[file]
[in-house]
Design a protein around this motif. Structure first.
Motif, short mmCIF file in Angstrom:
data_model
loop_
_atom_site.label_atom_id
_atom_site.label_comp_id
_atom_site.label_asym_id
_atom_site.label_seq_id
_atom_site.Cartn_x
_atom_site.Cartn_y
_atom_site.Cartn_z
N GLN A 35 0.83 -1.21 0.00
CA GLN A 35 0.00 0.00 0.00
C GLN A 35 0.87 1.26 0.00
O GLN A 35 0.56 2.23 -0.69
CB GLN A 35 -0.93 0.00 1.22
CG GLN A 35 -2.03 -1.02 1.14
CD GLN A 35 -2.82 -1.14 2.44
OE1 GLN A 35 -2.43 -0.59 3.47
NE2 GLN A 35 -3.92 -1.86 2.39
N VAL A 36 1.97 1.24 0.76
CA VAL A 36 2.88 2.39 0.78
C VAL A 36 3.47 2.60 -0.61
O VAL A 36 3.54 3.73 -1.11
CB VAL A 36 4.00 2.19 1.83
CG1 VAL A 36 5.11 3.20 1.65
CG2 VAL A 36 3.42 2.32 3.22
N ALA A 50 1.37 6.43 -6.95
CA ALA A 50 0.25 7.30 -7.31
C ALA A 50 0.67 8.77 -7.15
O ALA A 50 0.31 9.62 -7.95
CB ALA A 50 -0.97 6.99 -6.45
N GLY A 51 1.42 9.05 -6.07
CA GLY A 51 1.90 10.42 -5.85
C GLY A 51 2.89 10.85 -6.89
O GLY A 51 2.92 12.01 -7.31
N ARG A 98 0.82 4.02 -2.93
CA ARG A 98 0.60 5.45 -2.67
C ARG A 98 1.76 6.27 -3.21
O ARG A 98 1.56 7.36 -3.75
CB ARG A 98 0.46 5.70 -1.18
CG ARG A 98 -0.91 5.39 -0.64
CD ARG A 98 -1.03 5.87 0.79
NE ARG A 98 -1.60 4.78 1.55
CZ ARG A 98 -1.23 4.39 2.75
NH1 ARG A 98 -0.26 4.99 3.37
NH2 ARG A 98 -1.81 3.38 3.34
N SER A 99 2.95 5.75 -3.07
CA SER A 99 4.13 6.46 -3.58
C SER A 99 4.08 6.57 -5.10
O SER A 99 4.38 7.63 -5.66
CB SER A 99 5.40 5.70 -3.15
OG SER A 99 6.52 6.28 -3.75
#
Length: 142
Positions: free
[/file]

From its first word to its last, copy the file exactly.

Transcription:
[in-house]
Design a protein around this motif. Structure first.
Motif, short mmCIF file in Angstrom:
data_model
loop_
_atom_site.label_atom_id
_atom_site.label_comp_id
_atom_site.label_asym_id
_atom_site.label_seq_id
_atom_site.Cartn_x
_atom_site.Cartn_y
_atom_site.Cartn_z
N GLN A 35 0.83 -1.21 0.00
CA GLN A 35 0.00 0.00 0.00
C GLN A 35 0.87 1.26 0.00
O GLN A 35 0.56 2.23 -0.69
CB GLN A 35 -0.93 0.00 1.22
CG GLN A 35 -2.03 -1.02 1.14
CD GLN A 35 -2.82 -1.14 2.44
OE1 GLN A 35 -2.43 -0.59 3.47
NE2 GLN A 35 -3.92 -1.86 2.39
N VAL A 36 1.97 1.24 0.76
CA VAL A 36 2.88 2.39 0.78
C VAL A 36 3.47 2.60 -0.61
O VAL A 36 3.54 3.73 -1.11
CB VAL A 36 4.00 2.19 1.83
CG1 VAL A 36 5.11 3.20 1.65
CG2 VAL A 36 3.42 2.32 3.22
N ALA A 50 1.37 6.43 -6.95
CA ALA A 50 0.25 7.30 -7.31
C ALA A 50 0.67 8.77 -7.15
O ALA A 50 0.31 9.62 -7.95
CB ALA A 50 -0.97 6.99 -6.45
N GLY A 51 1.42 9.05 -6.07
CA GLY A 51 1.90 10.42 -5.85
C GLY A 51 2.89 10.85 -6.89
O GLY A 51 2.92 12.01 -7.31
N ARG A 98 0.82 4.02 -2.93
CA ARG A 98 0.60 5.45 -2.67
C ARG A 98 1.76 6.27 -3.21
O ARG A 98 1.56 7.36 -3.75
CB ARG A 98 0.46 5.70 -1.18
CG ARG A 98 -0.91 5.39 -0.64
CD ARG A 98 -1.03 5.87 0.79
NE ARG A 98 -1.60 4.78 1.55
CZ ARG A 98 -1.23 4.39 2.75
NH1 ARG A 98 -0.26 4.99 3.37
NH2 ARG A 98 -1.81 3.38 3.34
N SER A 99 2.95 5.75 -3.07
CA SER A 99 4.13 6.46 -3.58
C SER A 99 4.08 6.57 -5.10
O SER A 99 4.38 7.63 -5.66
CB SER A 99 5.40 5.70 -3.15
OG SER A 99 6.52 6.28 -3.75
#
Length: 142
Positions: free